Things New Cruisers Don’t Realize You Can Get on the Ship
Suitcase space is a valuable commodity, so why waste it on items you can get on the ship? Here a few things you can remove when your bags refuse to close:
1. Diapers (And Other Baby Supplies)
Who wants to lug all of this in their suitcase? - Photo by KPG Ivary / Shutterstock
For such tiny people, babies need a mind-blowing amount of stuff. Even though most lines will rent out cribs and high chairs to parents, parents could be on the hook for bringing diapers, formula, and strollers. Add all of this up, and your baby could require more than five times his or her body weight in luggage. Thankfully, the more baby-friendly cruise lines have most of these items available for preorder and will be waiting for you in your stateroom when you board. It can be a tad pricey, but it’s worth not spending your vacation with an injured rotator cuff.
Bonus Perk: Disney and Royal Caribbean have their own dedicated web pre-ordering services, Babies Travel Lite and Babies 2 Go.
2. Formal Wear
Leave your tux at home. - Photo by Zadorozhna Natalia / Shutterstock
Speaking of things that take up a lot of extra space, a single formal outfit that you may only use once can necessitate bringing an extra garment bag. Through a service appropriately called Cruiseline Formalwear, tuxedos and formal dresses can be rented on Carnival, Celebrity, Disney, Holland America, and Princess.
Bonus Perk: If you happen to be sailing with Cunard on the Queen Mary 2, they have their own formal wear shop that you can use for fittings, rentals, and purchases.
Modern cruise ships are extremely wheelchair accessible. - Photo by mangostock / Thinkstock
If you or someone in your group needs a wheelchair to traverse the ship or get around ports, you can rent one from Special Needs at Sea or CareVacations. While the ships themselves will sometimes provide wheelchairs for emergencies and embarkation/disembarkation, it’s not always reliable so you’re better off going through a third party. Also note that while modern cruise ships are very wheelchair accessible, tender boats and ports may not be.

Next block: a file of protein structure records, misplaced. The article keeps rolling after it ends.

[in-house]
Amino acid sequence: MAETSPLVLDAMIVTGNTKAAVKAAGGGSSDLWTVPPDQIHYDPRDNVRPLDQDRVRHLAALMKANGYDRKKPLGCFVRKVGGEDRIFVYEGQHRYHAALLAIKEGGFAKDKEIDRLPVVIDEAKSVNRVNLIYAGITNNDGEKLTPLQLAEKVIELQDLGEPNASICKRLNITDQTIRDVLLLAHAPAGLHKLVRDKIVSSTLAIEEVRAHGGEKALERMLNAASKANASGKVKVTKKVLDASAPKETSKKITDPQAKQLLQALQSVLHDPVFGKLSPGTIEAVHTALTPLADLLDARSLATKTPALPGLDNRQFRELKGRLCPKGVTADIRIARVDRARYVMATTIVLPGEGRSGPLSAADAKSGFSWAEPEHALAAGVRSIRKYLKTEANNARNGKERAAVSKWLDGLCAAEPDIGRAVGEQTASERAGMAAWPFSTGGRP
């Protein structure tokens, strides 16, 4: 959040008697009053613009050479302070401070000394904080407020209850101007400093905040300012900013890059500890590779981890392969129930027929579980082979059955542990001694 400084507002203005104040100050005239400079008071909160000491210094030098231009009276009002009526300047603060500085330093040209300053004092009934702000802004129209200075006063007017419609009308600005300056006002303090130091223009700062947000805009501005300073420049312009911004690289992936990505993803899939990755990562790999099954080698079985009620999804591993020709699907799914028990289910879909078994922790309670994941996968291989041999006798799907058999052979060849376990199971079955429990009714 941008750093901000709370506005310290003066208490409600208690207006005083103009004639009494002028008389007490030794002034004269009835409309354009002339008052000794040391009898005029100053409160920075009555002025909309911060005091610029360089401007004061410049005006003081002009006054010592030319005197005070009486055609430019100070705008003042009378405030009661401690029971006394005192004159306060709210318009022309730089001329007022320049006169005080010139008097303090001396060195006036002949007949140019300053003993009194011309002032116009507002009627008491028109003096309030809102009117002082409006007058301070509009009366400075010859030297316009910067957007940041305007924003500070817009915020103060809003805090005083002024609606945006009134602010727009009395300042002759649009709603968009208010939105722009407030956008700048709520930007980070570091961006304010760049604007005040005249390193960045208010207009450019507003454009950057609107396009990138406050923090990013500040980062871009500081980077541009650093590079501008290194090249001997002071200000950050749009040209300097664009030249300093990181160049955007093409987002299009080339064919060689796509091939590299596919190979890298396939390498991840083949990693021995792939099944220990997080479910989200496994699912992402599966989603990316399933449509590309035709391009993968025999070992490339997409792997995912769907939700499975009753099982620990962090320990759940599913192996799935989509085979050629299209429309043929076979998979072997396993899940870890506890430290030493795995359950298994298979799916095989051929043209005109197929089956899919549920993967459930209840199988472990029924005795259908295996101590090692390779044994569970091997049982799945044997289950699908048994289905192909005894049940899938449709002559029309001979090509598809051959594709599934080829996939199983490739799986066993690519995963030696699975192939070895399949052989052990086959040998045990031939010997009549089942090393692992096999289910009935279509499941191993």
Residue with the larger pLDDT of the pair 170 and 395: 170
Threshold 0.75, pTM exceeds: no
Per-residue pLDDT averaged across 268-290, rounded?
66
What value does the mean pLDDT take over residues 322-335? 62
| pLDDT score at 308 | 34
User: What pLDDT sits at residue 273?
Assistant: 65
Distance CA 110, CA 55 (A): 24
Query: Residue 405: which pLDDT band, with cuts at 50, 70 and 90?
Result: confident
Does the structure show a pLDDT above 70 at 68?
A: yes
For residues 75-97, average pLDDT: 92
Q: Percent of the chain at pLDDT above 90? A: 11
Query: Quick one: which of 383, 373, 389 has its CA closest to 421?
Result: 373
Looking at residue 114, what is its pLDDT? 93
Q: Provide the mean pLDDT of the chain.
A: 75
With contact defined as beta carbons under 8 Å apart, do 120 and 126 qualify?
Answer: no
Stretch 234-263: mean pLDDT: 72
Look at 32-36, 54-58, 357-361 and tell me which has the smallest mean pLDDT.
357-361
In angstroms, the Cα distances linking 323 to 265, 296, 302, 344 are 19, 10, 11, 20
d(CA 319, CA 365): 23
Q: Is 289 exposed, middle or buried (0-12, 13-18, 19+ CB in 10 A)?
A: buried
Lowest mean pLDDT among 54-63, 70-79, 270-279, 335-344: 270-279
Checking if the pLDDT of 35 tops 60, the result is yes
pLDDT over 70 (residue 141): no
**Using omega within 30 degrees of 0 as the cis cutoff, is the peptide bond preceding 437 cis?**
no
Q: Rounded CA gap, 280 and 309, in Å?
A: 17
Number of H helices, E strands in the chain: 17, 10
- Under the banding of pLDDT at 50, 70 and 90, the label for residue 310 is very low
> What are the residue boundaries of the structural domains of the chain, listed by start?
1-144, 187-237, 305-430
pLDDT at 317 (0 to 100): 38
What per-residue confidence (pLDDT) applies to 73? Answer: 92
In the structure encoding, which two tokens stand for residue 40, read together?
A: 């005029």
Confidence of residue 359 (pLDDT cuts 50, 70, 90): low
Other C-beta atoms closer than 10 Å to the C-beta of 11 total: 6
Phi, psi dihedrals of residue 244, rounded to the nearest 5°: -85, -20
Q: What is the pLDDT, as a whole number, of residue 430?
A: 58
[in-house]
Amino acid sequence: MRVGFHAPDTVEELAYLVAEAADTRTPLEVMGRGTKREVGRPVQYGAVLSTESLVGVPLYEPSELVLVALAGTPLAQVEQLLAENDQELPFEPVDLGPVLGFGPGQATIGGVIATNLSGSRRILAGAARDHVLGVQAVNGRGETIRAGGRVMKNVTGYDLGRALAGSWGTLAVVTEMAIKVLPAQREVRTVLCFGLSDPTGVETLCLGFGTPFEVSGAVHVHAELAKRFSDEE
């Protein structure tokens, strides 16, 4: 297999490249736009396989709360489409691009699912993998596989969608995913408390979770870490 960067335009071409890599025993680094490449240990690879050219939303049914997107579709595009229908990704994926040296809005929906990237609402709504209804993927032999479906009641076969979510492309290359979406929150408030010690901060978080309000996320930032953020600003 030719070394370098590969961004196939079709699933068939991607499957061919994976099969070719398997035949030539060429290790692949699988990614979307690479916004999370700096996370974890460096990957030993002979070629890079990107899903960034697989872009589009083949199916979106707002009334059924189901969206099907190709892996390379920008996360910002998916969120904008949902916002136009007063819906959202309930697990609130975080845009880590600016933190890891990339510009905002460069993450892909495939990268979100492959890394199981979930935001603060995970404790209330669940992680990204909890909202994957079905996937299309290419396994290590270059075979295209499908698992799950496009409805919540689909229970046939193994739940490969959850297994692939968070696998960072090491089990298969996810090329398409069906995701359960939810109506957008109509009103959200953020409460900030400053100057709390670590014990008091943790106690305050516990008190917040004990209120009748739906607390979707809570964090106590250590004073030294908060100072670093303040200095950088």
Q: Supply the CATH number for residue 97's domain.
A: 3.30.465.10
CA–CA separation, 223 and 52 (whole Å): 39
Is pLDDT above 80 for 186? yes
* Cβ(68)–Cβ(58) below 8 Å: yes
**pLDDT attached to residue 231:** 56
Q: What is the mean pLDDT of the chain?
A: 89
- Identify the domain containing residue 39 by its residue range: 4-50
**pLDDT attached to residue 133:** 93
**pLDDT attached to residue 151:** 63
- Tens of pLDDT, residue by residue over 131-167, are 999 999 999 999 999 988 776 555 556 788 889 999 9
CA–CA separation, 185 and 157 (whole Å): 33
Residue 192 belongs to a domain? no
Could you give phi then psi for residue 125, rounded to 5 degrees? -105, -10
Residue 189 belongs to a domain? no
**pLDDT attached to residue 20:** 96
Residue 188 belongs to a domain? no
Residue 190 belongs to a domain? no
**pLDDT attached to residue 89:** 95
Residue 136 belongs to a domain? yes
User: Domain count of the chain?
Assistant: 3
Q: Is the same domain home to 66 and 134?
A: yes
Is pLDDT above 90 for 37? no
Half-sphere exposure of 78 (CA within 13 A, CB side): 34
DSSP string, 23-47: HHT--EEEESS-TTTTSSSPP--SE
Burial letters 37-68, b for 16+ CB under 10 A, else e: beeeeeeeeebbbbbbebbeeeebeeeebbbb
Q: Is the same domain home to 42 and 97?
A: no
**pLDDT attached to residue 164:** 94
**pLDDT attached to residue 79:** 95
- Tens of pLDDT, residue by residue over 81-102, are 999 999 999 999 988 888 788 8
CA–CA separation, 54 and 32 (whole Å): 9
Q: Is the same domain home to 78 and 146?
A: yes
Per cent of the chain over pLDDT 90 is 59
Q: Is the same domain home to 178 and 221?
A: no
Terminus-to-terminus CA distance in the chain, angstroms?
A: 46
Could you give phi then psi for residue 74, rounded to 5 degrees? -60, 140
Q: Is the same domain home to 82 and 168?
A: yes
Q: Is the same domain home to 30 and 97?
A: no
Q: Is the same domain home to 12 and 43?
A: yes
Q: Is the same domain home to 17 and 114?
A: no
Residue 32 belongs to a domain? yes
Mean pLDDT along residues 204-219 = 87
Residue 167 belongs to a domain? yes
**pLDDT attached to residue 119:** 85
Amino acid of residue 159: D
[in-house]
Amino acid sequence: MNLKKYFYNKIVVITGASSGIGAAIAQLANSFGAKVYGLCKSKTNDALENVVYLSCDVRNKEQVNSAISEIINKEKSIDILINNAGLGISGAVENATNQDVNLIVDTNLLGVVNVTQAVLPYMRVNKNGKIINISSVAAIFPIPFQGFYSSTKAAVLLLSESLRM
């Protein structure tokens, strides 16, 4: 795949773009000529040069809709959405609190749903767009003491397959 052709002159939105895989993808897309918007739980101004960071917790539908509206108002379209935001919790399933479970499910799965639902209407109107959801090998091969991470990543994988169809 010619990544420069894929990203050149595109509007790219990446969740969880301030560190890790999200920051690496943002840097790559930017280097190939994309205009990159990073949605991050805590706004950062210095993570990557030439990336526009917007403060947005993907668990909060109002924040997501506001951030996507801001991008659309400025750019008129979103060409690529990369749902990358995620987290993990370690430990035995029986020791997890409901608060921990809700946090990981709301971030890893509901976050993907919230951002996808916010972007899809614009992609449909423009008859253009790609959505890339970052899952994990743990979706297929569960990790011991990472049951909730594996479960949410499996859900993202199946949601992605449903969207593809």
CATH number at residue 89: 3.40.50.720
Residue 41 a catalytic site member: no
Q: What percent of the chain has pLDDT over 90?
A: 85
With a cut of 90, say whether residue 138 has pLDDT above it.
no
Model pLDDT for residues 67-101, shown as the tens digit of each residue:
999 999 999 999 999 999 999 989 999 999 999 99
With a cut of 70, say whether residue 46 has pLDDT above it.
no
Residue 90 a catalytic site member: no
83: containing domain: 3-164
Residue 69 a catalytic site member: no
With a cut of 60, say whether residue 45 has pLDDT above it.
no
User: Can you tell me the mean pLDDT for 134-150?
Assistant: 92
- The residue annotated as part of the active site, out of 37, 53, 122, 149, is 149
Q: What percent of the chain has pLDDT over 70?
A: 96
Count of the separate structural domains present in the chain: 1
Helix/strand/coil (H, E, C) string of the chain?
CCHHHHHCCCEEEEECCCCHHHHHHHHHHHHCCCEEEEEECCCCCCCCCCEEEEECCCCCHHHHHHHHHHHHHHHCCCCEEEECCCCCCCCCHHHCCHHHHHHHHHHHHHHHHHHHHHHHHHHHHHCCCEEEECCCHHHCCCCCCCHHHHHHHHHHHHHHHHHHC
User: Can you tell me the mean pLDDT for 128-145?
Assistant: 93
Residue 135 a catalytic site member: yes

Bonus Perk: Disney and Norwegian can provide beach wheelchairs specially designed for traversing sand on their private islands, Castaway Cay and Great Stirrup Cay.
4. Computer for Internet Access
Apple stores truly are everywhere. - Photo by Celebritiy Cruises
Sometimes a phone just isn’t enough for slogging through emails. But even if you plan on getting some work done during your cruise, think twice before packing your laptop. Virtually every ship has a 24-hour internet cafe where you can pay a small fee use a desktop computer with internet. The connection won’t be great, but it will be faster than anywhere else on the ship. Unfortunately, there’s a good chance you won’t be able to use flash drives or memory cards.
Bonus Perk: Celebrity Cruises one ups every other internet cafe with their iLounge, an Apple store-at-sea where you can use (or purchase) a selection of Apple products, and even sign up for classes on how to use your new device.
No need to stock up before you sail. - Photo by CristinaMuraca / Shutterstock
We’re not trying to ignite the smoker vs. anti-smoker debate you see on every cruise forum, but we couldn’t write this article without mentioning that you can buy cigarettes at the duty-free stores on board, and unlike alcohol bought in the duty-free shops, you won’t have to wait until the end of your cruise to get them.
Bonus Perk: While many products you can buy on board will be marked up by the cruise line, items in the duty-free shop are dramatically cheaper than anywhere else, meaning you can buy cartons of cigarettes for not too much more than you would pay for a single pack in a major city.
6. Toiletries, Make-Up, Etc.
Sometimes we forget the most obvious things. - Photo by PainterSaba / Thinkstock
While you shouldn’t plan on buying these items on the ship as they are heavily marked up, know that you don’t need to panic if you forget toothpaste.
Bonus Perk: “Etc.” includes condoms (even on Azamara).